According to the Independent, Sri Lanka is the best prepared to communicate tsunami warnings to at-risk populations on the coast. We wish to believe this. But unlike the highly-trained journalist from the Independent, we have taken the trouble to ask a few questions:
1. Does Sri Lanka have a single national multi-hazard warning center?
2. Do the existing patchwork of centers (in the case of tsunamis, both the Geological Survey and the Met Department have responsibility) have a congestion proof communication system to convey the warning to the police stations?
NO. But there is a pilot project that involves 4 SMS based early warning devices placed in police stations.
3. Do the police stations have plans to disseminate the information to the affected communities?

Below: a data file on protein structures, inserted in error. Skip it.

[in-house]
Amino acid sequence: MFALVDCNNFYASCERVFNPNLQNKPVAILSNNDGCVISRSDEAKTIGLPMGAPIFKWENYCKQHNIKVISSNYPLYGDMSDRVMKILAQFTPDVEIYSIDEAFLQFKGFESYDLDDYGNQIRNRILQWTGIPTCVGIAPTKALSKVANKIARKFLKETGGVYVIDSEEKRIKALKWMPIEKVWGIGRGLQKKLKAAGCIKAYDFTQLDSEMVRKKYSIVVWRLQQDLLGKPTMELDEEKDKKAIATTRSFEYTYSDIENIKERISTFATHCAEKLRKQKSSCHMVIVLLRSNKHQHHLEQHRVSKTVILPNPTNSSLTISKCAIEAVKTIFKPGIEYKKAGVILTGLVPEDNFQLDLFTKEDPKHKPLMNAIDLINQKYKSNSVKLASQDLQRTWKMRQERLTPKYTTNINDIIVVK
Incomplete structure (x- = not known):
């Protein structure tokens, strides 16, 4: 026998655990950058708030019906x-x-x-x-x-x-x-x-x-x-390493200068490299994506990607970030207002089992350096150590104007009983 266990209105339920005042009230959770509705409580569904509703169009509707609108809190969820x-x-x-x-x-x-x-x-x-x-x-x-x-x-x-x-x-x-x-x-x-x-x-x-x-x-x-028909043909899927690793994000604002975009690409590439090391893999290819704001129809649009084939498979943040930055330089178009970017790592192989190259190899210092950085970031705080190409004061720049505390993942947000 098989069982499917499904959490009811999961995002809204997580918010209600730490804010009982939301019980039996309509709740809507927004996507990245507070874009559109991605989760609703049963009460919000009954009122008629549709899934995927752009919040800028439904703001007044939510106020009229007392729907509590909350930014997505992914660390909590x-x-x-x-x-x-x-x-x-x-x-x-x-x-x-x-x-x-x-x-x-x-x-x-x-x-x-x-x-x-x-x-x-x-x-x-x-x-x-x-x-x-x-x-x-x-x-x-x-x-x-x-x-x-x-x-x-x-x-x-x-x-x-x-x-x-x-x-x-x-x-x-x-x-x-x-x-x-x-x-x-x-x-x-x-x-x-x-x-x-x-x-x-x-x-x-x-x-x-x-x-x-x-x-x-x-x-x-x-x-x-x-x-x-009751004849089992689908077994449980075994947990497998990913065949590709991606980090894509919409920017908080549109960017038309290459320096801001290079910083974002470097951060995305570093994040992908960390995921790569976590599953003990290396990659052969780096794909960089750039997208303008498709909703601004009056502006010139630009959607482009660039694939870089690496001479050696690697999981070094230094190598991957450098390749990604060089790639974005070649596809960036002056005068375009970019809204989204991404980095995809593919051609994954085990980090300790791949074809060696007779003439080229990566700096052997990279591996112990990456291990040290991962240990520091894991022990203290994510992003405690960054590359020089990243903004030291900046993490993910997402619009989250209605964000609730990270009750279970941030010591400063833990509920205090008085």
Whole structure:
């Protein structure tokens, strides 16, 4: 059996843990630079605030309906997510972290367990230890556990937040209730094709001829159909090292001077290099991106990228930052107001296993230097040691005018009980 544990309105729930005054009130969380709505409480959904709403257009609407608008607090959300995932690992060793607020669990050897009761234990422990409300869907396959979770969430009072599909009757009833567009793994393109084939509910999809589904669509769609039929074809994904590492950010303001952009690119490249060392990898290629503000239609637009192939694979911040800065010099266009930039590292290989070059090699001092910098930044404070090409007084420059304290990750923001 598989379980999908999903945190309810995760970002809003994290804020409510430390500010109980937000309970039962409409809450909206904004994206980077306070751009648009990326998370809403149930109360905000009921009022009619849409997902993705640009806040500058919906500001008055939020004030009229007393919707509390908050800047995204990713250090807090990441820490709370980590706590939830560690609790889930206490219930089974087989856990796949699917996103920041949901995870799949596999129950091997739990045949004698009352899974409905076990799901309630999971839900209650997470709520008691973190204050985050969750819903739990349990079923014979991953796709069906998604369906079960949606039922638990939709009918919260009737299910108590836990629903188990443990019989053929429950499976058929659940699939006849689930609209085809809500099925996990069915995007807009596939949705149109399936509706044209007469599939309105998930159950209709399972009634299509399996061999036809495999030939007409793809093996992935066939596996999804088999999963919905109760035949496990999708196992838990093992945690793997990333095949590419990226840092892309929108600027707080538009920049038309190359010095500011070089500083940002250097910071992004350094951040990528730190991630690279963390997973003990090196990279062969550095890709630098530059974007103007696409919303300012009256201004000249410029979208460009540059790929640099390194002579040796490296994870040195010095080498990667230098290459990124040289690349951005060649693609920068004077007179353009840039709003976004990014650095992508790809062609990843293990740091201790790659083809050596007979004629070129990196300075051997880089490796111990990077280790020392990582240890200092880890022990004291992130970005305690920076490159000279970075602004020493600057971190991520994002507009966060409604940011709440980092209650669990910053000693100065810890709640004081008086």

4. Is there a mechanism for police stations to verify the information that they receive?
5. Has Sri Lanka conducted a nationwide tsunami drill?
If Sri Lanka is indeed the best prepared, we in the Indian Ocean are in pretty bad shape. But UK journalism is in as bad a shape.
Even now, says Unesco, only five of the projected 16 buoys, and only 27 of the planned 50 gauges, have been installed. Governments around the ocean have not yet agreed fully to share information on an approaching tsunami, and few have adequate ways of getting warnings out to the people most at risk.
The best-prepared country is Sri Lanka, one of those worst hit two years ago, which has a system of transmitting warnings through its police stations. And Thailand – which was criticised after the tsunami for failing to pass on warnings, allegedly because it feared damaging its tourist industry – has set up a national disaster-warning centre, built watch towers along its coast, and drawn up a community-based evacuation plan.